Five Minutes With
Not everyone makes the connection between solar panels and police brutality—but human rights activist Van Jones does. Jones founded the Ella Baker Center for Human Rights in 1996 to help victims of police brutality navigate the U.S. justice system. Since then, the organization’s mission has expanded: The center now works to reduce the San Francisco Bay Area’s prison population and to ensure that ex-inmates can find jobs that positively impact on the environment. Along with creating what he calls “green collar jobs,” Jones has received the Rockefeller Foundation’s Next Generation Leadership Fellowship and Reebok’s Human Rights Award. He serves on the boards of Social Venture Network, National Apollo Alliance, Bioneers, Rainforest Action Network, and Julia Butterfly Hill’s "Circle of Life" organization.
Campus Progress sat down with Jones to talk about the civil rights movement, the environmental movement, and how the two should be connected.
Campus Progress: Why did you found the Ella Baker Center for Human Rights?
Van Jones: While I was at Yale Law School I saw a lot of hypocrisy in the way that the law was being used. There was a lot of drug abuse in New Haven, Connecticut: Half of it was on the campus at Yale, and half of it was in the community. Kids who got caught doing drugs on the campus went to rehab, but kids who got caught in the community went to prison. I thought that was extraordinarily unfair. So I decided as a 24-year-old guy with a law degree to get out there and fix the police and prison systems in America. So I worked for three years at the Lawyer’s Committee for Civil Rights in the San Francisco Bay Area. They supported me in starting the Ella Baker Center for Human Rights, which began in dealing with police misconduct issues.
Why did you choose to name the center after Ella Baker? She seems to be one of the most forgotten heroes of the civil rights movement.
We felt like the women in the civil rights movement had done a lot of the work, a lot of the strategizing, and a lot of the best thinking, but had gotten zero credit. We wanted to name the center after an unsung heroine. Now, everywhere we go people ask who Ella Baker was, and we get to tell her story: She was the person who taught Martin Luther King everything he knew; she was the godmother for the student movement, Freedom Riders, and the Mississippi Freedom Summer Project. We think it’s important to get the history right and that we can use the name of our center to help advance that restoration of women’s place in civil-rights history.
You started as an activist dealing with issues related to police brutality. How did you make the transition from those more traditional civil rights issues to social justice to environmental justice issues?
When I had just finished law school, the first thing that the [Lawyers Committee for Civil Rights] had me work on was an environmental justice case suing the Chevron refinery in Richmond, Calif. for environmental racism.
But my road back to environmental issues really came when I was trying to fix the problems of the neighborhood. If you’re successful in reducing street violence and police violence, and you’re able to get more people home from youth prisons, then the question is, “What are they going to do when they get home?” We had to make a real decision about whether or not we wanted to get involved in job creation. Then the issue became: Are we going to be cheerleading for Wal Mart jobs and pollution-based jobs? Or, are we going to call for jobs that actually honor the health of the community and the health of the planet?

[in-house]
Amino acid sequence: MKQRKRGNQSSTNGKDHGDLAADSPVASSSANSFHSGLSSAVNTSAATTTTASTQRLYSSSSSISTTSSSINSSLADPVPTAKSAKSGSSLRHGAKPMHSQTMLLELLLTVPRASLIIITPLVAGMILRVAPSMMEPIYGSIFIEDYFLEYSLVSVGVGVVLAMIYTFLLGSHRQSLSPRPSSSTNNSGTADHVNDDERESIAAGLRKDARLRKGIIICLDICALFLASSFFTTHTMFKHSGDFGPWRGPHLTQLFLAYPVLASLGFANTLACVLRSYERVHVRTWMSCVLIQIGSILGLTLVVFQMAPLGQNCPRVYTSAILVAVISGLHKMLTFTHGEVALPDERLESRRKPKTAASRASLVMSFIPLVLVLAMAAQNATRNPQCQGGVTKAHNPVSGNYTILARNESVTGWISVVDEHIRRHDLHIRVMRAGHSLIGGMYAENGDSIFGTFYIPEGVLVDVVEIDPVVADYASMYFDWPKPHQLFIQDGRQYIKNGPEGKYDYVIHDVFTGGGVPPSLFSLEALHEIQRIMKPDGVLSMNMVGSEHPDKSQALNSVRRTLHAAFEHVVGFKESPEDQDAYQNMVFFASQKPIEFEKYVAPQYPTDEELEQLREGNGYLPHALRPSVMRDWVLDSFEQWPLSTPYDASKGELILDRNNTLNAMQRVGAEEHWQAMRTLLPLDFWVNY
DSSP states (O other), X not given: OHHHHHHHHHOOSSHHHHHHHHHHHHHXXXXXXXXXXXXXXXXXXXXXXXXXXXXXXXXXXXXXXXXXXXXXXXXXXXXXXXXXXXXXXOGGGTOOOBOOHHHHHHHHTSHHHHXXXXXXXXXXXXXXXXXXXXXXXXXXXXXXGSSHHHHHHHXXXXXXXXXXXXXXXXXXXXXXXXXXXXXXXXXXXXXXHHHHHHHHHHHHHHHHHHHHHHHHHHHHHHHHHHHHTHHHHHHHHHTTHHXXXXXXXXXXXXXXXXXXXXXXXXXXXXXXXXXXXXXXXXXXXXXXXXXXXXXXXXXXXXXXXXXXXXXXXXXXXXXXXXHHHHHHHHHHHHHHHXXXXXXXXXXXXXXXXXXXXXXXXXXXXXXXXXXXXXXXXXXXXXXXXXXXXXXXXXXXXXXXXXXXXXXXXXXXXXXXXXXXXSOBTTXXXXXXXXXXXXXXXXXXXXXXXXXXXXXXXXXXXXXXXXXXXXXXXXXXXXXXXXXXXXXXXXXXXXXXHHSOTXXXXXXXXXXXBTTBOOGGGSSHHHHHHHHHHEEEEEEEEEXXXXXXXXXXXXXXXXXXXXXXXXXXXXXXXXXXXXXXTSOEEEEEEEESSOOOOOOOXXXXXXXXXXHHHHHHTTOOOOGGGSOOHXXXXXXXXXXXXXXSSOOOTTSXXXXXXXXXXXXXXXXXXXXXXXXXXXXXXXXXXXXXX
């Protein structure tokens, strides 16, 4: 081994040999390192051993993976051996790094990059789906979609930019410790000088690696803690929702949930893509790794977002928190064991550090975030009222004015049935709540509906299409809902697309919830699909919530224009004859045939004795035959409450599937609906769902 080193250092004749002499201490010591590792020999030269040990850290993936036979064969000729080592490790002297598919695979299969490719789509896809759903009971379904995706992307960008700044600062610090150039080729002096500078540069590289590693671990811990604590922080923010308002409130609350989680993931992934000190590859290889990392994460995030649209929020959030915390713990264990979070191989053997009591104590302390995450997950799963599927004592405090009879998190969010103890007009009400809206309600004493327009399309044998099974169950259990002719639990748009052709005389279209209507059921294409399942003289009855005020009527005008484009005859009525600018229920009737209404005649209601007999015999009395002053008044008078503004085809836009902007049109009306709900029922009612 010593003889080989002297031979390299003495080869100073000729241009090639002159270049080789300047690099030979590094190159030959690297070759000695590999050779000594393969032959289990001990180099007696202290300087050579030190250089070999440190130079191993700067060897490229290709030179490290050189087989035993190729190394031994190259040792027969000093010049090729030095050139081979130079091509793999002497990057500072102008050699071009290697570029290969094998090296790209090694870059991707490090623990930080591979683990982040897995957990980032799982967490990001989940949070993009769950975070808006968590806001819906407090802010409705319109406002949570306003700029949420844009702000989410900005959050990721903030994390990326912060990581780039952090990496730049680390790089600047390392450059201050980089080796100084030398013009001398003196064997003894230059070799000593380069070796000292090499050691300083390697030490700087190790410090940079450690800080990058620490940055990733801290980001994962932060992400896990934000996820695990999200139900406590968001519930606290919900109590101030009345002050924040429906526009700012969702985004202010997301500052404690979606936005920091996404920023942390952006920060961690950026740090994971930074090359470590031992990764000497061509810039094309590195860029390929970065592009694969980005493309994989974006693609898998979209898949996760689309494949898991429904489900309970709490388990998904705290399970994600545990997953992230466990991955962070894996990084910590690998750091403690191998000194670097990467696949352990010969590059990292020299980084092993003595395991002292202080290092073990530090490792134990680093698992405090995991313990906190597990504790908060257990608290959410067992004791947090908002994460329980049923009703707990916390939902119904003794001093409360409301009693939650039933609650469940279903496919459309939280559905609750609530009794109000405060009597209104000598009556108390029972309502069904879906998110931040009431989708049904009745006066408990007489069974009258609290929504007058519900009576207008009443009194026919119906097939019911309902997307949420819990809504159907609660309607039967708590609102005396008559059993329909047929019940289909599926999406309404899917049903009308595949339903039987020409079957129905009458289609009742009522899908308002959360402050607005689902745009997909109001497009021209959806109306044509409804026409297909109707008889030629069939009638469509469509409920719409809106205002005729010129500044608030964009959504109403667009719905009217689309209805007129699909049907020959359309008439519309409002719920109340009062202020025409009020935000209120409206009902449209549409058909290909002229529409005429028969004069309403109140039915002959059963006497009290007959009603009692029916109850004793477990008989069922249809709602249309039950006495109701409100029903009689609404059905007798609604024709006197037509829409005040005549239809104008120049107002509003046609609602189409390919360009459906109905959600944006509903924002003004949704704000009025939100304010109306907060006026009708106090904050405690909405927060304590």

We said, “We want green jobs, not jails,” which became our big slogan—four syllables that totally transformed our organization. All of a sudden we were dealing with everything from climate stabilization, new technologies, and new business models to poverty eradication and job training. We didn’t know what we were getting into.
So what were you getting into?
The birth of a new economy in the United States and the world.
And that was through the creation of green collar jobs? What is a green collar job, exactly?
A green collar job is a vocational job in a field that honors the earth. For instance, the solar industry, biofuels, building weatherization, high performance buildings, green construction, wind farms, wave farms—all the vocational jobs that add to the health of communities instead of taking away from the health of the communities, as blue collar jobs often do.
There are two great things about green collar jobs: One, with a green collar job you can’t be outsourced. You can’t take this building, ship it off to India or China to have them weatherize it, put solar panels on it, and ship it back. The work has to be done here in the United States. Two, these are new industries and they’re growing. So if you get people in on the ground floor—even as solar panel installers—and they do a good a job, in a couple of years they’ll be managers. After that they themselves can become owners. These are green pathways out of poverty. We’re fighting poverty and pollution at the same time.
How are you connecting people to these jobs?
We worked in Oakland to get a green jobs corps established to start training people. We have community colleges, vocational schools, and public schools all over the country that are training people for these pollution-based jobs already, so we’re trying to re-purpose all of that infrastructure for the clean and green jobs of the future.
How can students get involved in the work you do?
Go to GreenForAll.org and sign up.